Crohn's and Colitis Support
1,901 members520 posts

Awaiting diagnosis and scared

Hi, I’m new here but just looking to put my mind at ease.

Over the last couple of months I’ve had full blood tests and a sample for calprotectin, initially to confirm whether or not I had IBS. I had been taking probiotics which helped for a while and also buscopan but my symptoms started to worsen. Two of my bloods came back, ESR at 47 and CRP at 29, calprotectin at 305. I’m now being referred to gastro for further tests, assuming a colonoscopy? This absolutely terrifies me, both the procedure and the thought of what they might find... can anyone share similar experiences, and how things panned out? I really am so scared, I’m not usually a poorly person so finding all of this difficult to deal with. Also, can anyone tell me what caused them to develop this condition?

Thanks! X

7 Replies
oldestnewest

Hi,

A faecal calprotectin of over 100 is indicative of inflammatory bowel disease, however your blood results show your inflammatory markers are only very slightly raised.

IBD affects people differently depending on the severity of the disease and genetics ( a recent research paper identified specific genes meant that IBD presented as either mild to severe)

symptoms of IBD during flares are abdo pain, diarrhoea, urgency, bleeding (depending on where in bowel disease is and severity of inflammation) weight loss and fatigue

the gastroenterologist will probaby repeat your blood tests and arrange for a colonoscopy so biopsies can be taken to help confirm diagnosis of IBD. you may also have CT or MRI depending on which NHS trust you are under

A colonoscopy is not painful, it can be a little uncomfortable and embarrassing. They will offer you a mild sedation which means you will be kind of awake for the procedure but you wont remember it. In the room there will be the person performing the procedure, either a gastroenterologist or specialist nurse, plus a nurse who checks your blood pressure, oxygen lebels etc as well as giving you support and reassurance throughout. During the procedure an endoscpe is passed up the rectum into the bowel. Air is added to help with the passing of the endoscope, this feels a bit weird but not painful. When biopsies are taken its like little pinches inside, again its not painful just a strange sensation.

After the procedure you are left to come round from sedation and the nurse will discuss with you what they saw and if they needed to take biopsies. You should also get a sheet explaining what you had done and any initial findings that you can take away with you. You will need someone to collect you as it is not safe to drive after sedation.

If IBD is diagnosed there are many medications that can be tried, and it may take a while to find what suits you

Good luck, and please ask me anything., If you have any questions which you do not wish to share on the forum, I can be messaged privately on health unlocked x

2 likes
Reply

Thankyou so much!! That’s the first explanation of anything I’ve had! All I was told is that the markers weren’t through the roof, but higher than they’d like and enough to refer me to gastroenterologist. I’m sure my first appointment with them will be going through all of this but you have helped out my mind at rest somewhat until that letter comes through x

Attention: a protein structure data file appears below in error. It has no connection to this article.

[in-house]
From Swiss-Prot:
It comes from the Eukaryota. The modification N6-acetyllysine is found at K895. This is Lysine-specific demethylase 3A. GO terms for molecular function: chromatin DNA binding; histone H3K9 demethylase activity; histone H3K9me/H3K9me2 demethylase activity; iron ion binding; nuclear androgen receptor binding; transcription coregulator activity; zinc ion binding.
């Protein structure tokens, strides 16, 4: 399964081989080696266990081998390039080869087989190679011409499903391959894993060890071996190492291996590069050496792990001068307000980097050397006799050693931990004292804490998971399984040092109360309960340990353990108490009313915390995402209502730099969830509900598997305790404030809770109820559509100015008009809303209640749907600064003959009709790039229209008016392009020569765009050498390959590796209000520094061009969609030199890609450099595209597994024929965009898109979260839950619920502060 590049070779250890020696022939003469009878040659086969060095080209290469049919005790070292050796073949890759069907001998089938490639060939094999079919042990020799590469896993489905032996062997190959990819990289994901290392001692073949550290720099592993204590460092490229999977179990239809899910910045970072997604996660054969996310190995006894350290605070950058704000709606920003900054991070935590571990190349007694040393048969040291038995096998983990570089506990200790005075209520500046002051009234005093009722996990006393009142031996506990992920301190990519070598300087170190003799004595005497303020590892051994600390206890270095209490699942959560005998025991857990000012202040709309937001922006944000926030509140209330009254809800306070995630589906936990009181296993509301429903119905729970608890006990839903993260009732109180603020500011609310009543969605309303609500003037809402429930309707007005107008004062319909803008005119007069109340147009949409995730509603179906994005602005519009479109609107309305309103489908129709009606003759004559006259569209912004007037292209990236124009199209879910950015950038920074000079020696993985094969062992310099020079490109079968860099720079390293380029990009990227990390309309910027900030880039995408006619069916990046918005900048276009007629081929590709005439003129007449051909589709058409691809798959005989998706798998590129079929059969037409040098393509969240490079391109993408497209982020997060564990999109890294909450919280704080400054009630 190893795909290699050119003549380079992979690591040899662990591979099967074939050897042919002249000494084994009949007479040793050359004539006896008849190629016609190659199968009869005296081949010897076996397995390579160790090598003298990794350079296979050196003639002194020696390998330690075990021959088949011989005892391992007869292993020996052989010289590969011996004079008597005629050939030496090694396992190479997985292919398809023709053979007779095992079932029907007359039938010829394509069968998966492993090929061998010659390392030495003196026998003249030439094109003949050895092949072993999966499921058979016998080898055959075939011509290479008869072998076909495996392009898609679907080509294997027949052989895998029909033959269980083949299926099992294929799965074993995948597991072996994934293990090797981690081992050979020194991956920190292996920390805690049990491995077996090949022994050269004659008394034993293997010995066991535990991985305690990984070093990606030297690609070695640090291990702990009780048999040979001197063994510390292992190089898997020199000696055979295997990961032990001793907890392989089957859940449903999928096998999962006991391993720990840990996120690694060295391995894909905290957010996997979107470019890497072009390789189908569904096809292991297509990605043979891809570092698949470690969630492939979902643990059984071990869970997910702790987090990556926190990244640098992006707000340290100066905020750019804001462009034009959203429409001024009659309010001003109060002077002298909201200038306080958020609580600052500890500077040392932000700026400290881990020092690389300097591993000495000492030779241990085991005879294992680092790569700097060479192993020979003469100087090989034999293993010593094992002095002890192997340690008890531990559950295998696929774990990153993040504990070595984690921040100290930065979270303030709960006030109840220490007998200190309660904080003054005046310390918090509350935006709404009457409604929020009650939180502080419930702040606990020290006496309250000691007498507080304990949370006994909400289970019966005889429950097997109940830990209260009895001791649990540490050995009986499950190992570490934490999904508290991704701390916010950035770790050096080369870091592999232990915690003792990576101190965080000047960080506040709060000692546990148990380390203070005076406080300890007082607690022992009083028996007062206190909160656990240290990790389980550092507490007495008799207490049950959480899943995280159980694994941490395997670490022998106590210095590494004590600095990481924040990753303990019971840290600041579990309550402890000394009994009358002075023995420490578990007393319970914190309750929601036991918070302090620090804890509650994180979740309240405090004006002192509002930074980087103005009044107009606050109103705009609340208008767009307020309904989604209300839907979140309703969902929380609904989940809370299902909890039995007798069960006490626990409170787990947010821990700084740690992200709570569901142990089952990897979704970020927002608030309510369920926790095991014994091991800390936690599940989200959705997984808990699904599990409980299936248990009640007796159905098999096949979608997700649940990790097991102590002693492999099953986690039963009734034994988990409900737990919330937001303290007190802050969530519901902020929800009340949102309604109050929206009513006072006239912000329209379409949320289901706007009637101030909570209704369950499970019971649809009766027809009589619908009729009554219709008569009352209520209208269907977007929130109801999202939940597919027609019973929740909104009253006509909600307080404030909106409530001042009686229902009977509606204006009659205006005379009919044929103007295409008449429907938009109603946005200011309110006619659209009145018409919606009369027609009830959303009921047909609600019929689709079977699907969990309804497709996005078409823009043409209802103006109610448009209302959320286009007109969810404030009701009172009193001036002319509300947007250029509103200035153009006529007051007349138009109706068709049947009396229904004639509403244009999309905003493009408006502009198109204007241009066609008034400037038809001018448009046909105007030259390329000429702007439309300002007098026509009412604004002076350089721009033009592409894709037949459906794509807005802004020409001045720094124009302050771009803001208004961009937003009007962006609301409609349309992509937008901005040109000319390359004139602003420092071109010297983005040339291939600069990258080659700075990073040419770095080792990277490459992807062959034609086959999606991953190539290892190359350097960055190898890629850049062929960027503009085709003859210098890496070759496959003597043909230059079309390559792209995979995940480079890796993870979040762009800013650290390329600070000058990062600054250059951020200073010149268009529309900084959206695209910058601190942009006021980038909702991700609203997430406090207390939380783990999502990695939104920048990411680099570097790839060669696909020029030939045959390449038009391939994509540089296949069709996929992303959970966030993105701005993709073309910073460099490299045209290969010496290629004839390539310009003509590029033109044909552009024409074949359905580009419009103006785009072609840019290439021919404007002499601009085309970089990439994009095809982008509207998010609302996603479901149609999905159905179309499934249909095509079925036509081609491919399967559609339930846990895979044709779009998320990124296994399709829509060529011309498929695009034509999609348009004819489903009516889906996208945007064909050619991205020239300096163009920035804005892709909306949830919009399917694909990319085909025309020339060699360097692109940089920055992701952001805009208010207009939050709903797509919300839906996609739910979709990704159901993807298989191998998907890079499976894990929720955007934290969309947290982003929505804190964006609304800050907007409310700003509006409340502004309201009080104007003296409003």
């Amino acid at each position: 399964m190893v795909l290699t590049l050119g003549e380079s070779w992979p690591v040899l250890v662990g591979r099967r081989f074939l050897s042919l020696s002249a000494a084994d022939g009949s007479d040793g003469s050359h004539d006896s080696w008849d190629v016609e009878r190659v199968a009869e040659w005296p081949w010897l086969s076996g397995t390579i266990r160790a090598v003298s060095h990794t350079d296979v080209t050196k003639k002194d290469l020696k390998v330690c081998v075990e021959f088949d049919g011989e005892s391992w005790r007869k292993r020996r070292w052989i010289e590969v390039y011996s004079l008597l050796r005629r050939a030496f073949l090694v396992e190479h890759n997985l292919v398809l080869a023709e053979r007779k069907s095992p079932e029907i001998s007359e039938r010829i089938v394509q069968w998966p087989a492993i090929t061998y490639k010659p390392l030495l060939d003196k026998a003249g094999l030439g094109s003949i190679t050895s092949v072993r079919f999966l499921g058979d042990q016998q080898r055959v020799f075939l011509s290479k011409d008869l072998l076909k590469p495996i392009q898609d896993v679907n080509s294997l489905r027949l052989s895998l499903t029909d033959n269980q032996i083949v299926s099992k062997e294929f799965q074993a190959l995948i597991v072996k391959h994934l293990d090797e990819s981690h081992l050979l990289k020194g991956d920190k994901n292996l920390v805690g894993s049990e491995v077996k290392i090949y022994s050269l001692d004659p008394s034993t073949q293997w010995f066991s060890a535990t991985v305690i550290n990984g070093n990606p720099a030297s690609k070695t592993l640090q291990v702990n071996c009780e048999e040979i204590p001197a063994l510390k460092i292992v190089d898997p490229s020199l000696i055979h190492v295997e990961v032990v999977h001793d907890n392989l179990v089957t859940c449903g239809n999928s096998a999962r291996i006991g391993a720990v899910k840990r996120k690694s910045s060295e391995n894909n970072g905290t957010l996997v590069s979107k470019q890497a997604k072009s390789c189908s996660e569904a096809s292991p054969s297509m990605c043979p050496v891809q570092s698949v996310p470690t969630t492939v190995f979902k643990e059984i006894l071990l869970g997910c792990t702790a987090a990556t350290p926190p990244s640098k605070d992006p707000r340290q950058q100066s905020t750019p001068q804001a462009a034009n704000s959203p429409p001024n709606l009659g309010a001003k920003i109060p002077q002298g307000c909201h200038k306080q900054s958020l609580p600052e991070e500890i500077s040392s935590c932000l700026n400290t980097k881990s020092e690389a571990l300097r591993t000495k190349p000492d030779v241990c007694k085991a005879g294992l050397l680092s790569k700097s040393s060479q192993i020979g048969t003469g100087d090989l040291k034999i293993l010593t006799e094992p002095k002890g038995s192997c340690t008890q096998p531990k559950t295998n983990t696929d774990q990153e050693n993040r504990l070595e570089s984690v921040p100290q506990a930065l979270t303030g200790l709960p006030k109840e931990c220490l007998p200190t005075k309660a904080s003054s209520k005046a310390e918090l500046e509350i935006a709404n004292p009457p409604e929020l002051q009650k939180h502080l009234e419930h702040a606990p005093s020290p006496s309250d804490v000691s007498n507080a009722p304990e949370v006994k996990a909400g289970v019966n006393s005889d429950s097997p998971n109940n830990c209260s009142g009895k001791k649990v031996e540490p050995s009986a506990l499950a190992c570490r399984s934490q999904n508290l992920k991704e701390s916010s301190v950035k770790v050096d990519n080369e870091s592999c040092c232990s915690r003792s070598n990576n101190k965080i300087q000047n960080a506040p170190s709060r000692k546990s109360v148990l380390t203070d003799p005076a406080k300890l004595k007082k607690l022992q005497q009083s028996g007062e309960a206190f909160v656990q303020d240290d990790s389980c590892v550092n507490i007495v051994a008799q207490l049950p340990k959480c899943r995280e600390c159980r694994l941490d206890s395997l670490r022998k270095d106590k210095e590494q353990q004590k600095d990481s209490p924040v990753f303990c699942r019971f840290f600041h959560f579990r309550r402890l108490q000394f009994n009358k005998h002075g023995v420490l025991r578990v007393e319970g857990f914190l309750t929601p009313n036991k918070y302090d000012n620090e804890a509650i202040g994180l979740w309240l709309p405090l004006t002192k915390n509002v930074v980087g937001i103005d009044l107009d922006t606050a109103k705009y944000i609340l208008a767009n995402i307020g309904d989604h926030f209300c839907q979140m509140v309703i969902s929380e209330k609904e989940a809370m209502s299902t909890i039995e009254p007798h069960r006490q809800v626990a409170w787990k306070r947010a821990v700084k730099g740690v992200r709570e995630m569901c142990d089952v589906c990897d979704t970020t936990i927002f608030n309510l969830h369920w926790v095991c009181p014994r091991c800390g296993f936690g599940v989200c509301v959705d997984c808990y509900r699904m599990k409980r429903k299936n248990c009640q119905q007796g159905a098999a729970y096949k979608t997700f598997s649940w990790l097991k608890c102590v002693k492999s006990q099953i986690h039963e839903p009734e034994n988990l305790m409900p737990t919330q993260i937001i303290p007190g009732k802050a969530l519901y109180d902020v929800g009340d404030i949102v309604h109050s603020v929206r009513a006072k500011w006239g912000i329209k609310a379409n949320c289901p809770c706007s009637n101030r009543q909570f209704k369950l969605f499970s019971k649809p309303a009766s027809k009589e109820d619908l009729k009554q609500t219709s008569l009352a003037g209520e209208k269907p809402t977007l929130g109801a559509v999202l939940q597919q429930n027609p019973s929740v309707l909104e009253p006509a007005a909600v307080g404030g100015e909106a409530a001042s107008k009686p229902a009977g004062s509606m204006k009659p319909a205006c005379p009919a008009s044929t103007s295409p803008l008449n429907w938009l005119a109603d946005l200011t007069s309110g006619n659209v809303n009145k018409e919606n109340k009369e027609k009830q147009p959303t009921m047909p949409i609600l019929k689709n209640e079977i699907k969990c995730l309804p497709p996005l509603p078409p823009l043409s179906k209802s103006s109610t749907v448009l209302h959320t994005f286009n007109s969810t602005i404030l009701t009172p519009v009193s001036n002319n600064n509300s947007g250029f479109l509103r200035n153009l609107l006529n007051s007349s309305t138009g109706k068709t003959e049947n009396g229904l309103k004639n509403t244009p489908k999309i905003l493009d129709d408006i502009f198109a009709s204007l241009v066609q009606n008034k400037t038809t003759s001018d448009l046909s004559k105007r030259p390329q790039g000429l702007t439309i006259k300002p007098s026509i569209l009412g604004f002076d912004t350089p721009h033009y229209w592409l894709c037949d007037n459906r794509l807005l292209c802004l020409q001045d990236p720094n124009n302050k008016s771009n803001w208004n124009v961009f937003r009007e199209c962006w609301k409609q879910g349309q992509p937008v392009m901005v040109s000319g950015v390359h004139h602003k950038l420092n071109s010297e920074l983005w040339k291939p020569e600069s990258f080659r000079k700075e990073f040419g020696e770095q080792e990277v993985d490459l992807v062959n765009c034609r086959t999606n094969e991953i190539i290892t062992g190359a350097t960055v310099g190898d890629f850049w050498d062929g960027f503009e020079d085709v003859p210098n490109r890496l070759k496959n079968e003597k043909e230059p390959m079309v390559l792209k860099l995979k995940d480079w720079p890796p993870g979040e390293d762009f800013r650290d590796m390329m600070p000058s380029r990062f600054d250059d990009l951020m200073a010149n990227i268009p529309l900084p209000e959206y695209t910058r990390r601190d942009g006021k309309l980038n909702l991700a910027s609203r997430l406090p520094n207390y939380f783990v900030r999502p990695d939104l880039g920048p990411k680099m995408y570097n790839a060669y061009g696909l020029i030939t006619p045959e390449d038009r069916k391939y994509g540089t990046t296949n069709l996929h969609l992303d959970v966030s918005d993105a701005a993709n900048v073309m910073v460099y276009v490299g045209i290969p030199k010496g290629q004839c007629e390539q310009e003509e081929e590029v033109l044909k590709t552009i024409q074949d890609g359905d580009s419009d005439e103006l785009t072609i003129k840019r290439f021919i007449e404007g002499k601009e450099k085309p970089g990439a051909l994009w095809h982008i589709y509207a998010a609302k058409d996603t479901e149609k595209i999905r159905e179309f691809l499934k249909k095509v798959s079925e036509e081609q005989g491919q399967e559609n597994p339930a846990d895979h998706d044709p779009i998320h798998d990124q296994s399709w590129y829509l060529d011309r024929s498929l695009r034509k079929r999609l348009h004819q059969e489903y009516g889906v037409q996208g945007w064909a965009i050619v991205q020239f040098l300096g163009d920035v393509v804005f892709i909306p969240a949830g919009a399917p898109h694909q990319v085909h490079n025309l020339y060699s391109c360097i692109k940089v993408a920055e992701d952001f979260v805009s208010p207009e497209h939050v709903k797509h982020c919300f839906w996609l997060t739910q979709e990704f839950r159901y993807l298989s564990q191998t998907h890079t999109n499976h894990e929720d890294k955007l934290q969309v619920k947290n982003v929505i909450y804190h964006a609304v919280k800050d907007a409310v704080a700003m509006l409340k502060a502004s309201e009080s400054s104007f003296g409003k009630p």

Reply

so pleased I can help. Let me know how your getting on x

Reply

Hi willow, just thought I’d let you know I got my appointment through today to see the gastroenterologist, not quite sure to expect at this appointment as they’ve just asked me to bring any meds with me and a Urine sample. I’m fed up now, don’t care what I have to go through to get a diagnosis and the right treatment x

Reply

Hi, thats a pretty standard letter to any out patient appointment. Dont worry about taking your meds, a repeat prescription form will do, or you can write a list of meds you are taking. They will aso run a urinanlysis to check for any signs of infection.

Hang in there hun x

Reply

As said above. IBD affects people differently. Not to panic you, I was reasonably successfully treated with drugs for 4 years, but then required surgery. Others I met went through that in 6 months. But hey were the minority: I've met so many more people who've been successfully treated for over 10 years and are considered in remission (of sorts).

Balanced diet, maybe some modifications (I found gluten free worked for me) and things go back to pretty much normal. I was ill for a while, mostly related to surgical complications (not the IBD itself), but now do most things I used to and more. I'm doing a 100 mile cycle ride this weekend and more later this summer. The main thing is to let the docs find out what the issue is to have the best chance of treating it.

Best of luck

Reply

I would just say regardless of what condition you turn out to have, learning to manage the stress and fatigue that go along with lots of tests and a new diagnosis is vital. Stress can make most things worse I know from my own experience with IBD (Crohn's Disease) that stress cycles into fatigue and the Crohn's is then less easy to manage. I feel very strongly that the medical people do not give the time and effort they should into explaining how important it is to find the help needed to support yourself through these moments of life changing tests etc. Some GP practices are good and can point you in the right direction for help. We all need help at times like this, best of all luck to you.

1 like
Reply

You may also like...